4.3. Analysing State and Change

Tracking an area’s multivariate position through time allows state and changes in state to be identified, thereby capturing changes in the processes associated with a given neighbourhood. This is performed by examining current positions in the data primitive multidimensional feature space (state), shifts in feature space position over time (changes in state) and capturing these trajectories, for example, through a change vector approach [79]. Trajectories can be used to create predictive models to infer future feature space positions. The data primitives described in Table 1 suggest a multivariate data primitive feature space composed of the following area-level measurements:
  • income inequality;
  • occupation;
  • unemployment;
  • population density;
  • population flux;
  • ethnicity;
  • housing affordability;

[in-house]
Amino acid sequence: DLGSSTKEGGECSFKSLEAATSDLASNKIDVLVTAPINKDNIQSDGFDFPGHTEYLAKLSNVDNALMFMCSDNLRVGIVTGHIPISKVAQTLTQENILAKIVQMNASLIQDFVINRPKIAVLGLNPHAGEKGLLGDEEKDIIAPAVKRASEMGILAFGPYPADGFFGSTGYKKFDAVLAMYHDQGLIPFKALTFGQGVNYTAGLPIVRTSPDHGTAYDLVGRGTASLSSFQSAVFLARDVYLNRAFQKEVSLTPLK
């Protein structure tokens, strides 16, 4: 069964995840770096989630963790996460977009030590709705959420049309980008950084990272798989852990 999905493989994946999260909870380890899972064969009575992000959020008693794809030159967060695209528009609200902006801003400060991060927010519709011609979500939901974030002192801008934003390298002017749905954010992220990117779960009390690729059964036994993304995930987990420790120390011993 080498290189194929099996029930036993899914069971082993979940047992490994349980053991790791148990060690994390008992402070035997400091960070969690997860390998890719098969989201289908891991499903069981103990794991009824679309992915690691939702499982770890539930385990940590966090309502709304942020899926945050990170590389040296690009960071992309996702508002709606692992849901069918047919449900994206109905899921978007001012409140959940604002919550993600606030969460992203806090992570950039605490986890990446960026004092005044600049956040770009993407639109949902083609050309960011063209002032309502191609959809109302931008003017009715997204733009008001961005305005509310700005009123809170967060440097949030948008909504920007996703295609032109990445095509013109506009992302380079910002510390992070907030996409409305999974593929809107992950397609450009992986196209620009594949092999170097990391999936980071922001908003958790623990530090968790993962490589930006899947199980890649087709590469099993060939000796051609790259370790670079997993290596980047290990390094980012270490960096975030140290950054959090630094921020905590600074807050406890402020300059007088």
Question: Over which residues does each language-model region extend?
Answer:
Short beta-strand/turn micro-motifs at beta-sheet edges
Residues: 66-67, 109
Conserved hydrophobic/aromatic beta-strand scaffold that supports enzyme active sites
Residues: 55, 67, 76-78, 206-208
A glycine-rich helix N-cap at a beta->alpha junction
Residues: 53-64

• house price;
  • education;
  • poor health;
  • migration churn;
  • business vacancy rates.
Inevitably, these data are of different types, and a number of questions remain at this stage. First, capturing data at appropriate spatial and temporal resolutions for each primitive is important, with some primitives having greater critical update constraints than others (population density and population flux, for example). Similarly, house price could be the average house price regardless of size (as is currently the case in the U.K.), price per square metre or even price per bedroom. Others will be harder to partition. What for example are the professions that should be included in “professional occupations” or “low-skilled occupations” under occupations? Should income inequality be defined according to the standard Gini coefficient measure or in a more relative manner? These are local application-level decisions, and any contributing data used to support or create a primitive can be retained for later changes in understanding or definition.